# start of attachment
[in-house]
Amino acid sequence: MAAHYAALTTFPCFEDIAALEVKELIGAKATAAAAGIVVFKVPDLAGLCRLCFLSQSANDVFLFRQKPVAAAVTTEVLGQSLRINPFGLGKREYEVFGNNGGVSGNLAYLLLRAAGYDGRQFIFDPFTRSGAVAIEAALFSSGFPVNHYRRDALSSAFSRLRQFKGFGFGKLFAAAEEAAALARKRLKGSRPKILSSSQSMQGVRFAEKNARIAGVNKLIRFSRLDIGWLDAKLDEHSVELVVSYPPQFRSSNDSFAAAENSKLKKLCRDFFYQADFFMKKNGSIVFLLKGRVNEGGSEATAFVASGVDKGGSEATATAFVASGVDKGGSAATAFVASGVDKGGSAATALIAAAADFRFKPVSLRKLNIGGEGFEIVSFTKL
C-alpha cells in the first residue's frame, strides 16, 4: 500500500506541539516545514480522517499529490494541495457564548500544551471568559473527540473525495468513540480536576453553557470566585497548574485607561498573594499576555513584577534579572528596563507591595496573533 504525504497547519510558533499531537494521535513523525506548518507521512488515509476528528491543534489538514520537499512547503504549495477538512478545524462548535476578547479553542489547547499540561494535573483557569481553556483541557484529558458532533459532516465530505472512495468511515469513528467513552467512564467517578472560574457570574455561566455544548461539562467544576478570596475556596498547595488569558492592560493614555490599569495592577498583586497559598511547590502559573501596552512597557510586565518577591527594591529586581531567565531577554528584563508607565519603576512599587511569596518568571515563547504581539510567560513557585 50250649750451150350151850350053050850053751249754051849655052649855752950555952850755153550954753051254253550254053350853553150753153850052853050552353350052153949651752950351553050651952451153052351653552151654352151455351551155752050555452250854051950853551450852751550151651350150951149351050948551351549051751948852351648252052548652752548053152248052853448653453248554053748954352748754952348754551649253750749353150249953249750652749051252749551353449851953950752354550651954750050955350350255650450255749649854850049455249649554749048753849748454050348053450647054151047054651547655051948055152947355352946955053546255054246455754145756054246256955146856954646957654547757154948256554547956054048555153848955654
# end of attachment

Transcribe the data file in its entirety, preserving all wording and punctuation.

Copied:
[in-house]
Amino acid sequence: MAAHYAALTTFPCFEDIAALEVKELIGAKATAAAAGIVVFKVPDLAGLCRLCFLSQSANDVFLFRQKPVAAAVTTEVLGQSLRINPFGLGKREYEVFGNNGGVSGNLAYLLLRAAGYDGRQFIFDPFTRSGAVAIEAALFSSGFPVNHYRRDALSSAFSRLRQFKGFGFGKLFAAAEEAAALARKRLKGSRPKILSSSQSMQGVRFAEKNARIAGVNKLIRFSRLDIGWLDAKLDEHSVELVVSYPPQFRSSNDSFAAAENSKLKKLCRDFFYQADFFMKKNGSIVFLLKGRVNEGGSEATAFVASGVDKGGSEATATAFVASGVDKGGSAATAFVASGVDKGGSAATALIAAAADFRFKPVSLRKLNIGGEGFEIVSFTKL
C-alpha cells in the first residue's frame, strides 16, 4: 500500500506541539516545514480522517499529490494541495457564548500544551471568559473527540473525495468513540480536576453553557470566585497548574485607561498573594499576555513584577534579572528596563507591595496573533 504525504497547519510558533499531537494521535513523525506548518507521512488515509476528528491543534489538514520537499512547503504549495477538512478545524462548535476578547479553542489547547499540561494535573483557569481553556483541557484529558458532533459532516465530505472512495468511515469513528467513552467512564467517578472560574457570574455561566455544548461539562467544576478570596475556596498547595488569558492592560493614555490599569495592577498583586497559598511547590502559573501596552512597557510586565518577591527594591529586581531567565531577554528584563508607565519603576512599587511569596518568571515563547504581539510567560513557585 50250649750451150350151850350053050850053751249754051849655052649855752950555952850755153550954753051254253550254053350853553150753153850052853050552353350052153949651752950351553050651952451153052351653552151654352151455351551155752050555452250854051950853551450852751550151651350150951149351050948551351549051751948852351648252052548652752548053152248052853448653453248554053748954352748754952348754551649253750749353150249953249750652749051252749551353449851953950752354550651954750050955350350255650450255749649854850049455249649554749048753849748454050348053450647054151047054651547655051948055152947355352946955053546255054246455754145756054246256955146856954646957654547757154948256554547956054048555153848955654